The pandemic-struck period had been a dream run for startups, especially those operating in the digital playground. This trend has changed considerably during the past three to four months with the sharp sell-off in public markets, especially tech stocks as it has raised concerns over the valuation of some startups.
2021 has been a year of extremes — from rise in money supply [between 2019 and 2021] and low interest rates to witnessing the highest inflation rate of seven per cent in 40 years and record valuations for financial markets, both public and private companies. In the past four months alone a lot has changed, especially the inflation that has continued to inch higher coupled with the increasingly hawkish tone of the Central Banks.
Moreover, there has been sell-offs in public equities, especially high growth and tech stocks amid anticipation of a slowdown in economic growth and tailwind in earnings going forward. These factors have now trickled down to private companies, in the form of their ability to continue the growth trajectory and warrant valuation premiums. The early signs of these are already visible with focus shifting towards rationalizing cost and optimizing operational efficiencies to brace for a challenging economic environment in the near-term.
2022 began on a nervous note as investors were concerned about the rising inflation but still remained neutral about the future prospects and ability of central banks to take necessary steps to bring stability. However, the prolonged inaction from the Central Banks in providing any clear direction, coupled with the rising pace of inflation, have turned investors wary of growth prospects and the possibility of stagflation.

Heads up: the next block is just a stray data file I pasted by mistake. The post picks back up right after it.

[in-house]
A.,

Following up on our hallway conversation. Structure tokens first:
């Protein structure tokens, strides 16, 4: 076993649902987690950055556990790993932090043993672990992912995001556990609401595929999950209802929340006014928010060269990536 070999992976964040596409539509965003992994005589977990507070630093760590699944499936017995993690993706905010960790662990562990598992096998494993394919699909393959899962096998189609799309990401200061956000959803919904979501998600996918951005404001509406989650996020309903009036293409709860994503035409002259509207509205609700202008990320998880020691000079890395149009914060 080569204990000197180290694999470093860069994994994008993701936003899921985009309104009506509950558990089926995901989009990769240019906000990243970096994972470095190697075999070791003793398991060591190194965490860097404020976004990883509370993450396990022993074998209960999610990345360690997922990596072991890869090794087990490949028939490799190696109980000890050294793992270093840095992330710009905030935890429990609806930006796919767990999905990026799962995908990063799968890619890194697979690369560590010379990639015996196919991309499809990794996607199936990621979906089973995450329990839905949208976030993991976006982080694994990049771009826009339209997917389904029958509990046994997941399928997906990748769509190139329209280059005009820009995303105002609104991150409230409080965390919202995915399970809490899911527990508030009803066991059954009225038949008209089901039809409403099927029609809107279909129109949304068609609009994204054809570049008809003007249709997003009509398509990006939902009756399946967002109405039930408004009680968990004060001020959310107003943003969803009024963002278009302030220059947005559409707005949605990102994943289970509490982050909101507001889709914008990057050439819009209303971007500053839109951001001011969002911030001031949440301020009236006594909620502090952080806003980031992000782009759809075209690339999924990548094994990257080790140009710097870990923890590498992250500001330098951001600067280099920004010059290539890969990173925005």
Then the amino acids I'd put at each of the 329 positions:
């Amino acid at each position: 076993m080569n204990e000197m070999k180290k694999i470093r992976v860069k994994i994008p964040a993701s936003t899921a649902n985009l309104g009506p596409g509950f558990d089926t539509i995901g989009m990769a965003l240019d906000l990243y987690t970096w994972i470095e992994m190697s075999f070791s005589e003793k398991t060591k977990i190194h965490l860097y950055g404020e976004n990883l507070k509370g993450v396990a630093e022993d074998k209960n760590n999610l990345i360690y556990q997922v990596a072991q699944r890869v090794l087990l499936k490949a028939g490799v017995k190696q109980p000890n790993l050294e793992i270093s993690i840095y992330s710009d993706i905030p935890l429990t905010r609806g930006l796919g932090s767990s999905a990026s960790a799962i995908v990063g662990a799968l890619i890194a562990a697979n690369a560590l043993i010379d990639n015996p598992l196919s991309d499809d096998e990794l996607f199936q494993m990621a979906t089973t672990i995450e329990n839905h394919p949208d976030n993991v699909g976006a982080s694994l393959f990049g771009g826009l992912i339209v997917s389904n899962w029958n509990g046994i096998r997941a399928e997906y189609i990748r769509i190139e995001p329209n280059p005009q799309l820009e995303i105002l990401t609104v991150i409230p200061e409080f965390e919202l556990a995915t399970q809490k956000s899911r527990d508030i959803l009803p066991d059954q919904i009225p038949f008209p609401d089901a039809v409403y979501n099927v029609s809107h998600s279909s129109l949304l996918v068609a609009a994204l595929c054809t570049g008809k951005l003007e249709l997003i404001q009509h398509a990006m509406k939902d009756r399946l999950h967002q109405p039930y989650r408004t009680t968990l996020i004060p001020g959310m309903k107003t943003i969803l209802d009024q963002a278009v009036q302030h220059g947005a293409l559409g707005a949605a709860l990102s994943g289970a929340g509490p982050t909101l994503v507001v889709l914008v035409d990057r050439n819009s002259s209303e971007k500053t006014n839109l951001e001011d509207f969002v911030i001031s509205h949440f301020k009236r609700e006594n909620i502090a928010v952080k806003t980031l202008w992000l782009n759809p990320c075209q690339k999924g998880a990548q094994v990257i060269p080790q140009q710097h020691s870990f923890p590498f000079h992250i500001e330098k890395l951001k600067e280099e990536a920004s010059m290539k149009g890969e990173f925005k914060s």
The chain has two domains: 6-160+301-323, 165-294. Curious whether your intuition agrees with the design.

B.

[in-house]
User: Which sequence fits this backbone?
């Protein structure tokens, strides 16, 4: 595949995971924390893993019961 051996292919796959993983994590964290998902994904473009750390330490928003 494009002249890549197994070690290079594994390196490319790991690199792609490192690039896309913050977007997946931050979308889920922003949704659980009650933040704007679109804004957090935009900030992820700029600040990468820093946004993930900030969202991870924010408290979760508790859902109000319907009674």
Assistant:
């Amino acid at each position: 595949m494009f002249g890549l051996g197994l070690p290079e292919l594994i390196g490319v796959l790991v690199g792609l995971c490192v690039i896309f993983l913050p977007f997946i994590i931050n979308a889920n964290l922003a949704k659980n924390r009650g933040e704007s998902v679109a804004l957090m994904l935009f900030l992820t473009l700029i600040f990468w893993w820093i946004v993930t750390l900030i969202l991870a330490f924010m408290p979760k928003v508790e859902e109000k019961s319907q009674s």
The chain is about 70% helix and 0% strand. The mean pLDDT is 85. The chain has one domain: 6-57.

Adding to the woes was the start of Russia-Ukraine conflict, which led to record rise in oil prices and other commodities, worsening the inflationary pressures to reach record levels in the recent readings. As a result, the markets have witnessed a sharp selling pressure in high growth companies, especially tech stocks, which later spread to the broader financial markets.
The change in sentiments across the financial markets has been evident in the recent months, especially the selling pressure witnessed in tech related companies. A number of factors have dampened the sentiments, which has led investors to believe that these companies are likely to face headwinds and growth expectations should be realigned with the changing market environment. As a result, the Nasdaq 100 composite index has dropped by 27.5 per cent in 2022 (May 20th, 2022) after rising by 26.7 per cent in 2021.
The downward pressure witnessed in Nasdaq 100 since the beginning of 2022 has wiped off the gains recorded in 2021, reflecting the concerns of the investors over the growth outlook. The performance of individual companies was steeper than the broader index, especially companies that exhibited high growth rates during the past two years. For example, Coinbase witnessed a decline of 73.7 per cent, while Netflix is down by 68.8 per cent year to date in 2022. Larger and prominent tech names such as Amazon and Microsoft have also witnessed selling pressure and declined by 36.9 per cent and 24.6 per cent, respectively, during the same period.